Craft Beer Glassware & Guides
Beer experts know that the proper glass really improves a beer’s taste, aroma and aesthetics. Your customers are becoming more experienced craft beer drinkers and expect their favorite restaurants and bars to share their knowledge and enthusiasm.
From an owners perspective, servicing craft and premium beers in the proper glass is one of the most effective ways to increase check averages and servings. In addition, utilizing the right glass also enhances your customer’s experience and expectations, as well as allows for a better diversification of the beer styles that you offer.
We all know that serving beer in the right glass just makes it taste better. The scientific reason for this is that over 50% of your taste preferences and ability come from your sense of smell. Unfortunately, when beer is served in a bottle, the narrow neck of the beer bottle doesn’t allow for enough exposed surface area to release large amounts of aroma. Scent molecules are best released and inhaled when the proper beer glass is used allowing a significant head to form.
When serving craft beer what types of beer glasses should you use? We’ve compiled a quick guide of recommended glassware that will cover most craft beers.
Long and narrow body to ensure that the carbonation does not dissipate too quickly. Stems will often be a little shorter than the traditional champagne glass, but not necessarily.
Benefits: Showcases and enhances the carbonation. Releases volatiles quickly for more intense aroma.
Goblet (or Chalice)
These glasses range from delicate and long stemmed to a heavy and thick walled.
Benefits: Wide-mouthed for deep sips.
Mug (or Seidel, Stein)
Heavy, sturdy, large and with a handle and can come in many different shapes and sizes.
Benefits: Easy to drink out of. Holds plenty of volume.
Pilsner Glass (or Pokal)
Perfect for serving classic pilsners and other pale lagers. Pilsners showcase a beer’s color, clarity and carbonation. Typically pilsners are tall, slender and shaped like a trumpet. This glass is used because it captures the sparkling effervesces, aroma and colors of a Pils while maintaining the beer’s head.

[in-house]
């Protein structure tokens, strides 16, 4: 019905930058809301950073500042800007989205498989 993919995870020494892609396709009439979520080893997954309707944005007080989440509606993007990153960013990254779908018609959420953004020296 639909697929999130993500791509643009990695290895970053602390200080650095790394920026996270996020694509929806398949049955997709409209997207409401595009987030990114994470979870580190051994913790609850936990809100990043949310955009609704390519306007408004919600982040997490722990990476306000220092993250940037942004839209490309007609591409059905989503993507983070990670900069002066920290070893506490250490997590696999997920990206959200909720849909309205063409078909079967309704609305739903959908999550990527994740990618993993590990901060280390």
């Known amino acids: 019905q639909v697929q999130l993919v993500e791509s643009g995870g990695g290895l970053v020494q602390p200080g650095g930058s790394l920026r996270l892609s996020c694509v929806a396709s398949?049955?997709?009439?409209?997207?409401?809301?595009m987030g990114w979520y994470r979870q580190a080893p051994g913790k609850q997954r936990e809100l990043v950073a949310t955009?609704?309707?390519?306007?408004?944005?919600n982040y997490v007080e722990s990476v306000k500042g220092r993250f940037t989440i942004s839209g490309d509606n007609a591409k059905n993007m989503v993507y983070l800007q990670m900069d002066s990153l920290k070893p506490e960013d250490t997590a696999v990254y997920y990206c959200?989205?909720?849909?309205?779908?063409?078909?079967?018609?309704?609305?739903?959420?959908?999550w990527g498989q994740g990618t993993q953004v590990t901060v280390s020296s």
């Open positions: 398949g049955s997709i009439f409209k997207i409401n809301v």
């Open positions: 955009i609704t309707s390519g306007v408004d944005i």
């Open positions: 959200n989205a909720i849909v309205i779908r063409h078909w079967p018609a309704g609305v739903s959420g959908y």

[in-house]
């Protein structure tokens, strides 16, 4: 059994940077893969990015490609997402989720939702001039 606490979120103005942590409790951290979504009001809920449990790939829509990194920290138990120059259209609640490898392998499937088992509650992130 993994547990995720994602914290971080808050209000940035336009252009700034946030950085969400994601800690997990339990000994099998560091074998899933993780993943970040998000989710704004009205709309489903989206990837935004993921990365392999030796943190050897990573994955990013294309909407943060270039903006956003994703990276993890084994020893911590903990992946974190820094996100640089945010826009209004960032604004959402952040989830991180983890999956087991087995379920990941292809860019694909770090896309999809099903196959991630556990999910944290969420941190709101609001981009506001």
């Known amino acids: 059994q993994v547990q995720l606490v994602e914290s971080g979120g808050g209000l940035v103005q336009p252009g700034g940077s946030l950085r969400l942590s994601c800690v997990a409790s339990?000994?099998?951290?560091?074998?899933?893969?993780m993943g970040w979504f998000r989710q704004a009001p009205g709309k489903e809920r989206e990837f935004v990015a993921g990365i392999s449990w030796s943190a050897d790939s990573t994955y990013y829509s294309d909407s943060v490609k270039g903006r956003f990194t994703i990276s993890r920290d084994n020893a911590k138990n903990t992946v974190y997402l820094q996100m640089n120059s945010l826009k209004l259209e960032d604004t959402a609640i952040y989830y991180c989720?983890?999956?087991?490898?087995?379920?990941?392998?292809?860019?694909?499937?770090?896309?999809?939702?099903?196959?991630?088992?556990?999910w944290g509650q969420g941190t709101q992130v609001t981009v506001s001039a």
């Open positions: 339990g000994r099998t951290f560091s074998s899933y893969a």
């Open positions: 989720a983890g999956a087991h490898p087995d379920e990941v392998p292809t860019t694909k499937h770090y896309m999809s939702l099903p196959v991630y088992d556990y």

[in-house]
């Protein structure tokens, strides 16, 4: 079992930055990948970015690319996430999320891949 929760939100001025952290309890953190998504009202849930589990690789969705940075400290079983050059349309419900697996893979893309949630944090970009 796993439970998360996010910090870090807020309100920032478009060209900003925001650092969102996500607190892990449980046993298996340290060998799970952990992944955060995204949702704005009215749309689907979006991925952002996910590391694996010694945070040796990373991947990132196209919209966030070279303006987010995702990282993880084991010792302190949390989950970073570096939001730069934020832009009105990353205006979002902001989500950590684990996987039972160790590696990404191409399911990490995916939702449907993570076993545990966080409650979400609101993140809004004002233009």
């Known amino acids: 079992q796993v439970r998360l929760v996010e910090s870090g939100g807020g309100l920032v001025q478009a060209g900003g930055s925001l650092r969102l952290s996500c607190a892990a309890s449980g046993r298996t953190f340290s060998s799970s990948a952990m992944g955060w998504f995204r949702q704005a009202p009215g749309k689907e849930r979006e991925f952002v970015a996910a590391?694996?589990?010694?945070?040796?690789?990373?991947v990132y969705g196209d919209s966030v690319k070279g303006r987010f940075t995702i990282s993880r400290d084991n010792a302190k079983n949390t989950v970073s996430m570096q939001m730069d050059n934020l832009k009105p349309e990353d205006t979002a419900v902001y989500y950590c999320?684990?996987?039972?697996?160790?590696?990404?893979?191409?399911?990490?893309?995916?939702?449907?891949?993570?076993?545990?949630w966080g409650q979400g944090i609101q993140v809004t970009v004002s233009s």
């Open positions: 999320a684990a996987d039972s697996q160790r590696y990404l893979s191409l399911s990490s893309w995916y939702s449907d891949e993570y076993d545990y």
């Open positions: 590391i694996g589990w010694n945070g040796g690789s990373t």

Benefits: Showcases color, clarity and carbonation.
Pint Glass (or Becker, Nonic, Tumbler or Pub)
These are the most common and traditional beer glasses in the market. I’m sure you’ve seen them everywhere. There are two standard sizes – 16 ounce and the 20 ounce. The 20 ounce is preferred to accommodate more beer or beers with large crowning heads. Pint glasses offer the perfect presentation for classic ales, such as IPA, pale ale, brown ale or stout.
Benefit: Cheap to make. Easy to store. Easy to drink out of.
Used for brandy and cognac, these wide bowled and stemmed glasses with their tapered mouths are perfect for capturing the aromas of strong ales. This shape of glass also allows for a subtle warming of the beer via heat transfer from the hand, enhancing the aromas and tastes.
Benefits: Captures and enhances volatiles.
Stange (Slender Cylinder)
Slender and cylinder-like, are used to serve more delicate beers, amplifying malt and hops.
Benefits: Tighter concentration of volatiles.
Tulip Beer Glass
Stemmed glass, tulip-shaped. The top of the glass pushes out a bit to form a lip in order to capture the head and the body of the beer. Ideal for presenting lambic and saison, as well as fruit beers. These types of beers typically boast complex tastes and aromas are often darker and heavier than other varieties. They also tend to have a thick, heavy head, and are often consumed at a slightly slower rate than lighter beers. To protect the rich flavors and aromas, a tulip-shaped glass is best.
Benefits: Captures and enhances volatiles and aromas, while it supports large foamy heads.
These glasses thin walls and length, it showcases the beer’s color and allows much headspace.
Benefits: Specifically produced to take on volume and head, while locking in the banana-like and phenol aromas associated with the style.
Oversized Wine Glass
Yes, a wine glass for beer! An oversized wine glass is suitable for serving most Belgian Ales. The size allows for headspace. These glasses can elevate your typical beer presentation.
Benefit: Replacement for a Tulip or Goblet.
- Never pour cold beer into hot glasses directly, from the dishwasher.
- Never place beer glasses in the freezer! Cool your beer, not your glass.
- Hand wash all beer glassware. Dishwashers can leave a residue which may affect the flavor and the aroma of the beer.
- Also, let the glasses air dry on a bar mat. This will allow for better drainage and air flow, as well as preventing towel particles from being left behind.
Check out Libbey’s Glass Master – A Bartender’s Guide for more information.